Too many of us know how frustrating and even hurtful it can be to love Jesus’ church but not fit in any local church. Anyone who questions the elevated role of the Sunday service has felt the isolation. In light of this, The Church as Movement is more than the practical guidebook it sets out to be; it’s the resounding reminder that we’re not alone, that we’re not crazy.
Reading Church as Movement is an experience similar to talking with the authors in person. It left me and my church planting team exclaiming, “We’ve finally found our tribe!”[Tweet ““We’ve finally found our tribe!” @realtimowens church planter, New York”]
For Dreamers AND Doers
Church as Movement is that rare book that inspires both dreamers and doers. Authors JR Woodward and Dan White Jr. have done more than dream of a fresh way forward for the church—they’ve lived it. They pour their dreams and passion into every chapter, yet they also punctuate their pages with charts, graphs, and other movemental-based resources. While many missional church books are heavy on vision but light on details, Church as Movement is a gift to all missional planters that presents a vision of how to use the details to grow dreams instead of drown them.
Real Histories Give Kinesis to the Movement
Church as Movement builds to and flows from the central concept that “the church is not a building, a weekly gathering, or a program, but a people God has called out of the world and sent back into the world to redeem and renew it.” The trouble is, this is an easier sentence to tweet than to live. (Actually, you can’t tweet it either, because it has over 140 characters, but you get the idea!)
This book has been borne from JR’s and Dan’s failures and breakthroughs. Long after they started and led communities, they began to coach others on how to do it, too. In fact, Church as Movement was initially compiled as a coaching curriculum for missional church planters. And this is perhaps its greatest strength: every chapter has undergone countless edits stemming from rich conversations with on-the-ground planters.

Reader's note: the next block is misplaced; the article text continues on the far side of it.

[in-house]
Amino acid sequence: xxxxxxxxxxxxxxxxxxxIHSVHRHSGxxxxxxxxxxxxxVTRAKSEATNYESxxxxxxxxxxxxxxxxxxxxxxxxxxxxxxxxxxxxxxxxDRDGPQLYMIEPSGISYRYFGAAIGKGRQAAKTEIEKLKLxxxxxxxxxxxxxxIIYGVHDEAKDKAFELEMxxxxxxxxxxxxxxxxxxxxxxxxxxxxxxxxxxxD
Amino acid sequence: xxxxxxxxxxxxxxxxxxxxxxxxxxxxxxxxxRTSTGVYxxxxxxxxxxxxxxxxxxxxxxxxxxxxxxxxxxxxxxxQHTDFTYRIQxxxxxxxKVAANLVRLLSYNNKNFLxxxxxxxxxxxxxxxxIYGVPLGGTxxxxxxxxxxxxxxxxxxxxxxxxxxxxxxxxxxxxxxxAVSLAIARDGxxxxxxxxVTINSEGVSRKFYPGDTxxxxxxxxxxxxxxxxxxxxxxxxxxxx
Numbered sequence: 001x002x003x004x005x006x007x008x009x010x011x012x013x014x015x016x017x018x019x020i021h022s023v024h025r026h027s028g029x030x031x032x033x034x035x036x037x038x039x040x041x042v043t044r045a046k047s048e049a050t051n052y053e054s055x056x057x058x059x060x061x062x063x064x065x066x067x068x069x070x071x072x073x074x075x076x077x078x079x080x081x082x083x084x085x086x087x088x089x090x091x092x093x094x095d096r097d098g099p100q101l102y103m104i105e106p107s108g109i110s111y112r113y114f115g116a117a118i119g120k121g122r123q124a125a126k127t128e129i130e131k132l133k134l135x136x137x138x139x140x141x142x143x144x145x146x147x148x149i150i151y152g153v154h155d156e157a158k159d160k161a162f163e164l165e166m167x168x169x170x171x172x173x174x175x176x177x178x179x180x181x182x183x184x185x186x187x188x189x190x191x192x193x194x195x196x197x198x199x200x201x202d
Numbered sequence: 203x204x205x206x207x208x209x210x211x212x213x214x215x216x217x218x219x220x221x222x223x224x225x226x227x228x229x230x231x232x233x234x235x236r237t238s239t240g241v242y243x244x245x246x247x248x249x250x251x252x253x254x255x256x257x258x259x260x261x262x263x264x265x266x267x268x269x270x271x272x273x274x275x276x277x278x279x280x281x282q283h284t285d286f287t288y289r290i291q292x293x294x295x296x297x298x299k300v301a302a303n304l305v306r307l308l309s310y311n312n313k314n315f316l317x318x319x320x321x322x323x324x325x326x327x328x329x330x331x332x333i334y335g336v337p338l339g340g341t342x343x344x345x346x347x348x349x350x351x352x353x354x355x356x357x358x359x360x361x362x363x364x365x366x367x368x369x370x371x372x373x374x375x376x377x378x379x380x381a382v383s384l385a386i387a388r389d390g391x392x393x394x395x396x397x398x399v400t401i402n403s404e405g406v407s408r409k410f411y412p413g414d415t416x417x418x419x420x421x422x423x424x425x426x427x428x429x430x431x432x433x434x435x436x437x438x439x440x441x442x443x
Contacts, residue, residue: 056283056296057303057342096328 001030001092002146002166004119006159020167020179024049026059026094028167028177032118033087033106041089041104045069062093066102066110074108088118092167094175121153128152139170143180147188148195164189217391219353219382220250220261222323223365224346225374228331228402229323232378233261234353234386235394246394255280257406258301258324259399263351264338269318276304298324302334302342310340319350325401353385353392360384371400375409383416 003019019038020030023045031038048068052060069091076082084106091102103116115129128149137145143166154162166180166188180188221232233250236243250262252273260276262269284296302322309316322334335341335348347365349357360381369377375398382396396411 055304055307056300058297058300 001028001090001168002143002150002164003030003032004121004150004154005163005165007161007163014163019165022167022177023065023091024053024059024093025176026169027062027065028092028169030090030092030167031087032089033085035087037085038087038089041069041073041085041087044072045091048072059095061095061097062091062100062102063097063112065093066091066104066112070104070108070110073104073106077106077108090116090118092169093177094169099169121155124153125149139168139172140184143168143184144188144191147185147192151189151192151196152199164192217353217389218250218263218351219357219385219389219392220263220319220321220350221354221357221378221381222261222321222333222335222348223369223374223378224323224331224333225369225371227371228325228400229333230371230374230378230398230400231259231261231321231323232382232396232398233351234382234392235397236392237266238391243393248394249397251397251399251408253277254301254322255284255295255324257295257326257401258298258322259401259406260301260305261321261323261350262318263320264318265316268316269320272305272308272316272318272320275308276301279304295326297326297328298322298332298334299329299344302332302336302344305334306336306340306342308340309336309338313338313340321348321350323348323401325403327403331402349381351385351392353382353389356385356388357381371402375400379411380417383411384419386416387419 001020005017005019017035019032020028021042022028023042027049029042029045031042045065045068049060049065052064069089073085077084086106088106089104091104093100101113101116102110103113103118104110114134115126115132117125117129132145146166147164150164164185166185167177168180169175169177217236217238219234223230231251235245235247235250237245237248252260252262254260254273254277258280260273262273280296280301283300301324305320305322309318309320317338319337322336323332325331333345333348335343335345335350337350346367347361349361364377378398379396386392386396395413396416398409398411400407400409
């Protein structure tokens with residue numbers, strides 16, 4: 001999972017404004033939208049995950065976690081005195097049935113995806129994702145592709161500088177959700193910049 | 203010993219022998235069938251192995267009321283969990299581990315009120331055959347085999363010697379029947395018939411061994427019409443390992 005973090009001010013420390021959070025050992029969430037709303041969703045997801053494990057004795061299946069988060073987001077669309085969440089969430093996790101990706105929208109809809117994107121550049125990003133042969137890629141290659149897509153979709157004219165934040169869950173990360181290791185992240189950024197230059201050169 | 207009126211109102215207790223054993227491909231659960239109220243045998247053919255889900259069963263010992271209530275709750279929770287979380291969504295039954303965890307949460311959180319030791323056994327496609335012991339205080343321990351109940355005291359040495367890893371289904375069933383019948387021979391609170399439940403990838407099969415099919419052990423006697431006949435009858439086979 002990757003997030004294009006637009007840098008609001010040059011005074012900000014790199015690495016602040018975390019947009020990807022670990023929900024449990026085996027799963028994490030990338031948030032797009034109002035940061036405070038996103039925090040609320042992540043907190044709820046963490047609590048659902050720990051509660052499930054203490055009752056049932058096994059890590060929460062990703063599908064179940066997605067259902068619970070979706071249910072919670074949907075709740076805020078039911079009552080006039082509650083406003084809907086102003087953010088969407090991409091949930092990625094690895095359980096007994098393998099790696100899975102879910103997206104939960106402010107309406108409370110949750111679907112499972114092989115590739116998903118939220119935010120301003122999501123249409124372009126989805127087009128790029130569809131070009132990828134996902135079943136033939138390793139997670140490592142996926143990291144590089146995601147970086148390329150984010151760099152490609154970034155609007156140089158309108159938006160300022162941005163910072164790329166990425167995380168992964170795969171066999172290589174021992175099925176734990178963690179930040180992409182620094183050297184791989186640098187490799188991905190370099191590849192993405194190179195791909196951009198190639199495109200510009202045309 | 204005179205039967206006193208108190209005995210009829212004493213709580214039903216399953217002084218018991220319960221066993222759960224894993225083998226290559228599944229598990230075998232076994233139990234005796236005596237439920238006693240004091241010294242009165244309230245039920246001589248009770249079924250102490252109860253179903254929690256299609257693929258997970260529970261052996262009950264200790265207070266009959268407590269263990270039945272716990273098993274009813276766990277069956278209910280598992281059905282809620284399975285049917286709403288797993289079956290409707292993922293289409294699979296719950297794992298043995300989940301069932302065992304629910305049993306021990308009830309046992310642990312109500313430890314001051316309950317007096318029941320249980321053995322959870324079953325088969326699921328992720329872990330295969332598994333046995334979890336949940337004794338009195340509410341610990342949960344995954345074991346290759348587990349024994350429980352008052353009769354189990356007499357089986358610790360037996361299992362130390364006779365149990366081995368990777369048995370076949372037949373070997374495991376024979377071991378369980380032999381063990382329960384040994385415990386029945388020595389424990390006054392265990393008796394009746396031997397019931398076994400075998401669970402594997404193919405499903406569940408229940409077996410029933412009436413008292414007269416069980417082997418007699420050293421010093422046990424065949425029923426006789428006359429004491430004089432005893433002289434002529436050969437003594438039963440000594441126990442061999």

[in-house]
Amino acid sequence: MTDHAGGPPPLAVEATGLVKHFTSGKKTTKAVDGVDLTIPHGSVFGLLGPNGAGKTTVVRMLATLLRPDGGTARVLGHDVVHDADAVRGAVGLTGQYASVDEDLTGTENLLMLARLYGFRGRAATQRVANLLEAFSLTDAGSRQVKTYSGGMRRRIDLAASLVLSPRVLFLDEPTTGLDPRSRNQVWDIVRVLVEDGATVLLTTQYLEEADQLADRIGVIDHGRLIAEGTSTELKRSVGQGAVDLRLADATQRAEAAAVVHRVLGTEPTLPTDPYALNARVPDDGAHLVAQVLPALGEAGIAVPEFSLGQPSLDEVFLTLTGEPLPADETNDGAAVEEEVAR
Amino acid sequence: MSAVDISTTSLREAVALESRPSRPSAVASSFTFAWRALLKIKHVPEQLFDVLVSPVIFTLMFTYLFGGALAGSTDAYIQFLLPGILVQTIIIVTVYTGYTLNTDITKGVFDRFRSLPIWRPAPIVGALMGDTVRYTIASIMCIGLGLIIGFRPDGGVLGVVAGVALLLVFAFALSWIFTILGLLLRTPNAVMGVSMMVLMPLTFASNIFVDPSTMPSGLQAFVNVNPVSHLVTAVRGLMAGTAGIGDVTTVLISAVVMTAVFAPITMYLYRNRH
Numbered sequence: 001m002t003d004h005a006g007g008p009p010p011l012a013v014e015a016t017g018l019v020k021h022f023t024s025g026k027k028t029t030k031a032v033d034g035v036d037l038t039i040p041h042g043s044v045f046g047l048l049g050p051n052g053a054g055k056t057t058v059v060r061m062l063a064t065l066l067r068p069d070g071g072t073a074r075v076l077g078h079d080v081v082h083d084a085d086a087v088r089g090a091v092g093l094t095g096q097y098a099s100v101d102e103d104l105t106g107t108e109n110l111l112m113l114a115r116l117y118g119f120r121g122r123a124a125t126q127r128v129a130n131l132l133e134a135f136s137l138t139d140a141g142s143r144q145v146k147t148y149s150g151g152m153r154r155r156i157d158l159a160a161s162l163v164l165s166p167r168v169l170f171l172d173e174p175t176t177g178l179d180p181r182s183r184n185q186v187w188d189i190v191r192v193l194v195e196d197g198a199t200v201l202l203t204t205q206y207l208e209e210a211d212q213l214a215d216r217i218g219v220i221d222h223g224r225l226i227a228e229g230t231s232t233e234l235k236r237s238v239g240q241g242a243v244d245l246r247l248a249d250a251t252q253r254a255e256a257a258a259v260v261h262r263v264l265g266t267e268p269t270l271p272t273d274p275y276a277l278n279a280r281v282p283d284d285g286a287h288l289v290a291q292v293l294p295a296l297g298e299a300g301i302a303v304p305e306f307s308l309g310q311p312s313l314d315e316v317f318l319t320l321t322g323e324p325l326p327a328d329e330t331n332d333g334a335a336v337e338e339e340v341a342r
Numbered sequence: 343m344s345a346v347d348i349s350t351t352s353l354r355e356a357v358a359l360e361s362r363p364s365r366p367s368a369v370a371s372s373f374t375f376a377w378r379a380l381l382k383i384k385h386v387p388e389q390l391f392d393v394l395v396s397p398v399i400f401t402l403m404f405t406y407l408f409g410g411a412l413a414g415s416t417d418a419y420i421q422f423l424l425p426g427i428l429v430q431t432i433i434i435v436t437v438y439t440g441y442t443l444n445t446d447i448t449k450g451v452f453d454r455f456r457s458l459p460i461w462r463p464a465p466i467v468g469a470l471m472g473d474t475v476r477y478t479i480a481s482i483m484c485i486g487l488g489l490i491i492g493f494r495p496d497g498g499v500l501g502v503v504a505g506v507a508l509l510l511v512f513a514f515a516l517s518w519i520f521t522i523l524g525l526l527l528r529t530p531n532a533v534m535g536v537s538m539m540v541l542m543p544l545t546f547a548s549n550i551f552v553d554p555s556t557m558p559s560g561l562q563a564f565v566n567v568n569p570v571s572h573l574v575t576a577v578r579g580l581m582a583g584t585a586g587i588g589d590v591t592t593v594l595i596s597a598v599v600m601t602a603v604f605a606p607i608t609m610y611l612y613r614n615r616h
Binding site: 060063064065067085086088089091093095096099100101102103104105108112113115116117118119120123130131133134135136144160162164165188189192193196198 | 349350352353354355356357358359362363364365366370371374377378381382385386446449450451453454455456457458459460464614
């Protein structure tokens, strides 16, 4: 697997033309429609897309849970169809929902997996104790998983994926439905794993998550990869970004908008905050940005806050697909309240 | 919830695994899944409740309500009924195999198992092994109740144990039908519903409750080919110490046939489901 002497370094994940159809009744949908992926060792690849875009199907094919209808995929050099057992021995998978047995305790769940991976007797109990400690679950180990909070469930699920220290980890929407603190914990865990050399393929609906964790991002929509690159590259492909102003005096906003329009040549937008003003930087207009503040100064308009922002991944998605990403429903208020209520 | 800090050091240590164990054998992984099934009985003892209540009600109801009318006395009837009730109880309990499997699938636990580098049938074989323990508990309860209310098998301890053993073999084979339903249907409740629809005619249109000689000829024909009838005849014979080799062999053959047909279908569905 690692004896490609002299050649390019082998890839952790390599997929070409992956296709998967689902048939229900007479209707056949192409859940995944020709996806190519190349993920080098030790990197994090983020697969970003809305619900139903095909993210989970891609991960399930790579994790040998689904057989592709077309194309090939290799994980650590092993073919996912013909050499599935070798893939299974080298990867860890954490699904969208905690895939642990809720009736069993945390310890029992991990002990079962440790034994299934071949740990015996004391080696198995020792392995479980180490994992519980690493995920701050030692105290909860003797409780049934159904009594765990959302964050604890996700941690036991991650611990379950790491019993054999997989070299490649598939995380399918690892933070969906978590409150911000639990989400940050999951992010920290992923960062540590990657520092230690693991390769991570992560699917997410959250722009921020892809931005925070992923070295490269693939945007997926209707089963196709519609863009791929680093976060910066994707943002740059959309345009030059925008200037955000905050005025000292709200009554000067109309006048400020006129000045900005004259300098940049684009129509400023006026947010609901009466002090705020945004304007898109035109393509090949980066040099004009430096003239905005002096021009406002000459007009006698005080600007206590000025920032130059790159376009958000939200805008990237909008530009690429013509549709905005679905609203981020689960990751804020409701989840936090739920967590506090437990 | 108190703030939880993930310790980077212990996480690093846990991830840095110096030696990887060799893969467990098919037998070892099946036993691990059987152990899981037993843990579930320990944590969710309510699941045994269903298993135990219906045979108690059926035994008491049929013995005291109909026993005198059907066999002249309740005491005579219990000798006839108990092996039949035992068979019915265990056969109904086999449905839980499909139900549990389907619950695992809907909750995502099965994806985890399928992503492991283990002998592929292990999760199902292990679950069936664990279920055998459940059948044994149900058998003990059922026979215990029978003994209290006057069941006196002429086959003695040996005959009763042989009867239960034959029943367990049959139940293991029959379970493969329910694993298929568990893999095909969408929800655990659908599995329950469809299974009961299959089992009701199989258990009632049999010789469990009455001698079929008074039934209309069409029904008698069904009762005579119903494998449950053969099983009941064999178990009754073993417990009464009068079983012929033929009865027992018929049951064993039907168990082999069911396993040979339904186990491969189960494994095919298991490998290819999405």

Practical Elements from a Book on Practices
The final product is a must-have for anyone interested in missional communities and place-based ministry. Among other things, JR and Dan present…
- how to lead a community with movement in mind
- the importance of scalable tools
- an understanding of mission
- an understanding of present-day incarnation
- proven methodologies on how to structure leadership
They also detail discipleship as the essential catalyst of movement. Not only is this catalyst spelled out for leadership in the general sense, it goes even further because it spells out how to lead others…who lead others…who lead others.[Tweet “Discipleship: the essential catalyst of movement.”]
Community is explored as a recurring theme—from the shared table, to a collective rule, to a lot of other community-based praxes. JR and Dan also emphasize the neighborhood over the sanctuary stage as the place where God is moving, and they offer clear steps to shifting both paradigm and practice.
Plus, every chapter includes questions for reflection and provides notes with further resources. Of course, anyone would benefit from reading Church as Movement on their own, but it should be said that this practical guide to missional movement is especially designed to be used by groups.
The Shaping of Things to Come
Church as Movement paints a refreshing vision for church as it could be and should be. I can’t express how much I’ve benefited from its wisdom, practical instruction, and clear message of hope. I’m confident it will influence the missional church movement for years to come.
I’m profoundly grateful that I’ve finally found my tribe.